Elon Musk, founder and chief executive of Hawthorne rocket maker SpaceX, hastily called a news conference Friday in Washington, D.C., where he outlined an array of matters confronting his upstart company.
A cryptic e-mail was sent to media around 9 p.m. Pacific time Thursday that said he would "make an important SpaceX announcement" the next day at the National Press Club. The big announcement, however, wasn't quite clear. Musk made several revelations during the half-hour event.
First, he provided an update on SpaceX's goal of creating the world's first fully reusable rocket -- the holy grail in rocketry. Then, he said the company was filing suit against the U.S. Air Force to open up competition in rocket launches. Finally, he mentioned that SpaceX was building a launch facility in southern Texas.
Musk opened the event by talking about a reusable rocket because last week SpaceX launched its Falcon 9 rocket from Cape Canaveral Air Force Station in Florida to deliver supplies to the International Space Station for NASA.
After the Falcon 9 blasted off and the second stage was jettisoned, the first stage fell back to Earth before reigniting its rocket engines to cushion its attempted landing in the Atlantic Ocean.
Although SpaceX was unable to recover the first stage because of a storm and unsafe sea conditions, the company received data that said the rocket carried out a soft landing. The data were so promising that engineers believe SpaceX will be able to launch and return a booster by the end of the year.
The stage would then be refurbished and reused early next year.
"The data is very clear that it shows a soft landing," Musk said. "I think this bodes very well for achieving reusability."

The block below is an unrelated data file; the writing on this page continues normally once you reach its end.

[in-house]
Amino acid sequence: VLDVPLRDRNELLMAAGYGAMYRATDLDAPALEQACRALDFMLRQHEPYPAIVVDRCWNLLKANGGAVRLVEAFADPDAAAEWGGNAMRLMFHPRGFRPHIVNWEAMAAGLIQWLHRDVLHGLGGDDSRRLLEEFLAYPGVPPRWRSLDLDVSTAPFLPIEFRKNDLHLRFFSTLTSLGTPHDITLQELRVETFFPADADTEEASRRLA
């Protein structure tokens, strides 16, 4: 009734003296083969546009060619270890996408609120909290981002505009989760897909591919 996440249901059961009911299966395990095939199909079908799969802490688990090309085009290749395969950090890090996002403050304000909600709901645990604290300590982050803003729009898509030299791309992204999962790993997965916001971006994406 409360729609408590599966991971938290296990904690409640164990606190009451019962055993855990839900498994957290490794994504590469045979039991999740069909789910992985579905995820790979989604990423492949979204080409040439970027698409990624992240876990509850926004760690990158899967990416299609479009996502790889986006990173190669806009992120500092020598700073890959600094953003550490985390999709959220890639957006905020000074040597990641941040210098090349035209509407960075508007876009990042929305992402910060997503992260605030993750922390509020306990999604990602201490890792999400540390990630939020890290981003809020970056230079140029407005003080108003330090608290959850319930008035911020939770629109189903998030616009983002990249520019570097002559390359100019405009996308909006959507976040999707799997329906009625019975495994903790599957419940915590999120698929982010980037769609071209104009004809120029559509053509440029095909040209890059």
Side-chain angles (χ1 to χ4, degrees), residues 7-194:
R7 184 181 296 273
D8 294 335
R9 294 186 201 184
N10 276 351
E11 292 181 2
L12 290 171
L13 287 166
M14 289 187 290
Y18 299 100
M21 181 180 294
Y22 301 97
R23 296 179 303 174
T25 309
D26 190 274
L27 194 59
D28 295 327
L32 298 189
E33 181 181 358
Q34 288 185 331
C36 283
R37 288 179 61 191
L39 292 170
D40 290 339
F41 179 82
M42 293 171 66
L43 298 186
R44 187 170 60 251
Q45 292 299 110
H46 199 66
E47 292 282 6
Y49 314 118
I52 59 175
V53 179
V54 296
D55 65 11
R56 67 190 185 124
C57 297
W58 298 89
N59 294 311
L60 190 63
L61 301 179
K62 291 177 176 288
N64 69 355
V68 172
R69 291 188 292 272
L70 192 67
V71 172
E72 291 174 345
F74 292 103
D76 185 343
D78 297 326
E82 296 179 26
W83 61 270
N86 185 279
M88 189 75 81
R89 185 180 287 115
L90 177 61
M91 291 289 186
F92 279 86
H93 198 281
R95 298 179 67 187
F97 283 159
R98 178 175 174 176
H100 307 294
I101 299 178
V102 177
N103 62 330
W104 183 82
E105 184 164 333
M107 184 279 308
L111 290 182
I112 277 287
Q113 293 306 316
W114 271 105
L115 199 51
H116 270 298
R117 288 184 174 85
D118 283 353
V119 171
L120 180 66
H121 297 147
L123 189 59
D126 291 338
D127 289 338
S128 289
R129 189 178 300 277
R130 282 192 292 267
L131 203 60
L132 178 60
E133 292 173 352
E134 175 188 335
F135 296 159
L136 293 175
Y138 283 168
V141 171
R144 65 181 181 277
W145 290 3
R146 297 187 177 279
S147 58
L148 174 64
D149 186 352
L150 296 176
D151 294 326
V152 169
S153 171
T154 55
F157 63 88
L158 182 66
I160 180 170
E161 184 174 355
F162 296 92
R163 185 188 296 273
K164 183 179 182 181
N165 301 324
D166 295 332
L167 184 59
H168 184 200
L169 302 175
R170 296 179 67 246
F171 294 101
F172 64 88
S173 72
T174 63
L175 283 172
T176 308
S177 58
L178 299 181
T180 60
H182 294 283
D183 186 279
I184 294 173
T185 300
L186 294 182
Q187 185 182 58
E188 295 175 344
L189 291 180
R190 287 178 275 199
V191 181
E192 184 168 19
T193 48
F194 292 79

For SpaceX, a reusable system could mean big savings in developing and operating rockets. These savings would help further bring down costs. SpaceX already keeps costs low -- rockets start at $56 million -- because it manufactures nearly all of its own parts.
SpaceX's sales pitch has worked on NASA. The company's launch last week marked the third flight in its $1.6-billion, 12-mission contract with the space agency to transport cargo to the space station.
But the company hasn't been able to break into the lucrative business of launching the U.S. government's most sophisticated national security satellites.
For eight years, the Pentagon has paid Boeing Co. and Lockheed Martin Corp. -- operating jointly as United Launch Alliance -- to launch the government's pricey spy satellites without seeking competitive bids.
The Air Force buys United Launch Alliance rockets to launch school-bus-size satellites for spying, weather forecasting, communications, GPS and other experimental purposes. The government pays the company nearly $1 billion each year whether it launches six times or none.
Musk has taken issue with the cozy partnership and wants a piece of the military's contracts, which could be worth as much as $70 billion through 2030.
"These launches should be competed," he said. "If we compete and lose, that is fine. But why would they not even compete it?"
The company plans on filing the lawsuit in the U.S. Court of Federal Claims next week.
In recent months, United Launch Alliance has been criticized for the way it builds its rockets. It uses a Russian-built RD-180 rocket engine on its Atlas V.
In the wake of Russia's seizure of Crimea, SpaceX has hammered United Launch Alliance over use of the engine. The Pentagon has directed the Air Force to perform a review to understand the implications of using the engine.